And you're not being uncouth if you eat sushi with your hands. Pick up a piece and eat it in one bite, if possible, without separating the ingredients or letting it sit too long. Another mistake is adding slices of that delicious, pink pickled ginger (called gari) to our dynamite rolls or uramaki. While it's incredibly good, it is meant to be used as a palate cleanser rather than a condiment. After you've had a piece of nigiri made with particularly tasty and fatty tuna, eat a sliver of gari to prepare your tastebuds for something lighter.

Placing half-eaten food back onto your plate

Using chopsticks means that much of the food eaten in Japan must be served already cut into bite-sized portions. It is very rare to see a knife on the table; for that reason, everything must be ready to eat or have a soft texture that can be separated with a spoon. You shouldn't have much problem fitting each bite into your mouth without having to return pieces to your plate. If you come across a piece that is relatively large, it's more acceptable to eat it while covering your hand with your mouth instead of biting it in half.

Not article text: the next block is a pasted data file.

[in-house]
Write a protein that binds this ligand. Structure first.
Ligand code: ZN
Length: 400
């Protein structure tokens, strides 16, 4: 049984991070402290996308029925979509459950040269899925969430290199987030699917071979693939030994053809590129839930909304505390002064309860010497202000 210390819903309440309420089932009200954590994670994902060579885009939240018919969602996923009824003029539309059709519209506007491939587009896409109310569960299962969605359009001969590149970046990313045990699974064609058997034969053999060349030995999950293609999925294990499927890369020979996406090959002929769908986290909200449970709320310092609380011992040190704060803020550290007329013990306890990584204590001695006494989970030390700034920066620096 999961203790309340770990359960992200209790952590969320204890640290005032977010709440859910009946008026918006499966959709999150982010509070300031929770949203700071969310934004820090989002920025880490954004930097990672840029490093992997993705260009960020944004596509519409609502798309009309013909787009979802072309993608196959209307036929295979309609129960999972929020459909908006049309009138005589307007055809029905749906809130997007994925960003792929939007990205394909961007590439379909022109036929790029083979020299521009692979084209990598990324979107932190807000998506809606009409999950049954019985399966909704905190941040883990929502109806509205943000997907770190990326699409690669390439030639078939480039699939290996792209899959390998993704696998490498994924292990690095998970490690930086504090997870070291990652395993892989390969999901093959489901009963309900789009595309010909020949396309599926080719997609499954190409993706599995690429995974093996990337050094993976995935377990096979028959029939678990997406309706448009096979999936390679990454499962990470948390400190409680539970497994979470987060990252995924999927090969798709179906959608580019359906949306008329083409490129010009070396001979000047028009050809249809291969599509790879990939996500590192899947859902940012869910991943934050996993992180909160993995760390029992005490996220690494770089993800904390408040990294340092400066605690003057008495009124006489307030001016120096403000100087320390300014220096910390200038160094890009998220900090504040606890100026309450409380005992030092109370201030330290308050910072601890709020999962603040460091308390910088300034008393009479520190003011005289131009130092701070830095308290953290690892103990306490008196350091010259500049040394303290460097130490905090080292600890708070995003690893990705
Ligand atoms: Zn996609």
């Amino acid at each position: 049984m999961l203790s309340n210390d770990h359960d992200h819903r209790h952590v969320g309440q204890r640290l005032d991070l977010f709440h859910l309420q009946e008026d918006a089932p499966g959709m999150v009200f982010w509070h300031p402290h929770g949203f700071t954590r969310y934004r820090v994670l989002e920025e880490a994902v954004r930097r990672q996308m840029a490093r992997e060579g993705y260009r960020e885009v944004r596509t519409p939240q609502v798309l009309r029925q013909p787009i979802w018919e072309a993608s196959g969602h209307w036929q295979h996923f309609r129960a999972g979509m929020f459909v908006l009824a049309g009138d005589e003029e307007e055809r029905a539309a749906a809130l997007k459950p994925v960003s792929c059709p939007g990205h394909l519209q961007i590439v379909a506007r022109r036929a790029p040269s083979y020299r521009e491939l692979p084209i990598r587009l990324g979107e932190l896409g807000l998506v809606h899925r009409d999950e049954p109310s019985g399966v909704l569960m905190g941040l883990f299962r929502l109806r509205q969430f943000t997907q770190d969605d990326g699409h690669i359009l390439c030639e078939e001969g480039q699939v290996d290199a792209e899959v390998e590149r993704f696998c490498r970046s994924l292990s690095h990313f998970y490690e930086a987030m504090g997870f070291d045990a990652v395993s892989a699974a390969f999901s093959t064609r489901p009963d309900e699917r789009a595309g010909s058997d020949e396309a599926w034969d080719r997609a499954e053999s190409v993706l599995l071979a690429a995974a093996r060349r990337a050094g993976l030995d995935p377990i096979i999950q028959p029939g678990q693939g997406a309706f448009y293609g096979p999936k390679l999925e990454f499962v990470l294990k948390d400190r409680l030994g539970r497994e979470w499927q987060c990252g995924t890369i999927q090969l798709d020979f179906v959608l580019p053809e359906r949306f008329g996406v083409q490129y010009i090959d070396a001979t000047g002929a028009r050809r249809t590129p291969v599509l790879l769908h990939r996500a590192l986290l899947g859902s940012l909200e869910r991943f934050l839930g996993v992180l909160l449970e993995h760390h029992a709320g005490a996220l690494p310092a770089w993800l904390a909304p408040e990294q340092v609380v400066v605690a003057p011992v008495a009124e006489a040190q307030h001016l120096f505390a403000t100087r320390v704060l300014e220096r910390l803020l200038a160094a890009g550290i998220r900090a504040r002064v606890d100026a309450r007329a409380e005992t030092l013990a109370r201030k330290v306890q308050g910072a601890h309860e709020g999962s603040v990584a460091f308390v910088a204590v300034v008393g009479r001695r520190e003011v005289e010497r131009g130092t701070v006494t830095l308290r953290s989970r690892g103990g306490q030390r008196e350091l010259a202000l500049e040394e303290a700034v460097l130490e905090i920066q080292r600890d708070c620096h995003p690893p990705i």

Obviously, this isn't always the case, and some things will need to be eaten in a few bites, such as onigiri. These triangular-shaped rice balls are a popular on-the-go snack and are meant to be eaten out of hand, much like an American sandwich. In the case of something like this, you can simply unwrap it and carefully eat it with small bites. Holding the onigiri with two hands will help to keep it in one piece so that you're not dropping rice everywhere, too.

Wasting food